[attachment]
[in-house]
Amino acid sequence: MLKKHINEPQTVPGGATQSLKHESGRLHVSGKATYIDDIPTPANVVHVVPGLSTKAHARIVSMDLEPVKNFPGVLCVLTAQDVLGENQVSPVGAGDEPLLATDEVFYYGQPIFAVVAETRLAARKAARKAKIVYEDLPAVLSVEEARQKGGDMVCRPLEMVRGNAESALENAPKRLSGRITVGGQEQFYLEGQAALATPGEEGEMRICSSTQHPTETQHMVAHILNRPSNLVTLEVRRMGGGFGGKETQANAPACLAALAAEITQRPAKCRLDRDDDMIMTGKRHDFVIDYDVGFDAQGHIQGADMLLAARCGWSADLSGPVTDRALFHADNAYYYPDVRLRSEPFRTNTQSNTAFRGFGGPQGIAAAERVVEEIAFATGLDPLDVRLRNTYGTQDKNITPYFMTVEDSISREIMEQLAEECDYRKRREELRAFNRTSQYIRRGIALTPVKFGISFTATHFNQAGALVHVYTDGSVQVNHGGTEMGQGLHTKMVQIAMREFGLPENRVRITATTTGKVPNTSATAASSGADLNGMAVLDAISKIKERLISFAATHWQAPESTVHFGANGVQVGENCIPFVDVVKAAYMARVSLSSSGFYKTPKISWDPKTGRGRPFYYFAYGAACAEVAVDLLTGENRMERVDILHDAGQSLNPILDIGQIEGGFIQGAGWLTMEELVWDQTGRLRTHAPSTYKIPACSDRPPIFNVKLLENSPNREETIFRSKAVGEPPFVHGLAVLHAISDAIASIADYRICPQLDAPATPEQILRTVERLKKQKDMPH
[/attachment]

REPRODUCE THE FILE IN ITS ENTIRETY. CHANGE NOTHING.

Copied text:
[in-house]
Amino acid sequence: MLKKHINEPQTVPGGATQSLKHESGRLHVSGKATYIDDIPTPANVVHVVPGLSTKAHARIVSMDLEPVKNFPGVLCVLTAQDVLGENQVSPVGAGDEPLLATDEVFYYGQPIFAVVAETRLAARKAARKAKIVYEDLPAVLSVEEARQKGGDMVCRPLEMVRGNAESALENAPKRLSGRITVGGQEQFYLEGQAALATPGEEGEMRICSSTQHPTETQHMVAHILNRPSNLVTLEVRRMGGGFGGKETQANAPACLAALAAEITQRPAKCRLDRDDDMIMTGKRHDFVIDYDVGFDAQGHIQGADMLLAARCGWSADLSGPVTDRALFHADNAYYYPDVRLRSEPFRTNTQSNTAFRGFGGPQGIAAAERVVEEIAFATGLDPLDVRLRNTYGTQDKNITPYFMTVEDSISREIMEQLAEECDYRKRREELRAFNRTSQYIRRGIALTPVKFGISFTATHFNQAGALVHVYTDGSVQVNHGGTEMGQGLHTKMVQIAMREFGLPENRVRITATTTGKVPNTSATAASSGADLNGMAVLDAISKIKERLISFAATHWQAPESTVHFGANGVQVGENCIPFVDVVKAAYMARVSLSSSGFYKTPKISWDPKTGRGRPFYYFAYGAACAEVAVDLLTGENRMERVDILHDAGQSLNPILDIGQIEGGFIQGAGWLTMEELVWDQTGRLRTHAPSTYKIPACSDRPPIFNVKLLENSPNREETIFRSKAVGEPPFVHGLAVLHAISDAIASIADYRICPQLDAPATPEQILRTVERLKKQKDMPH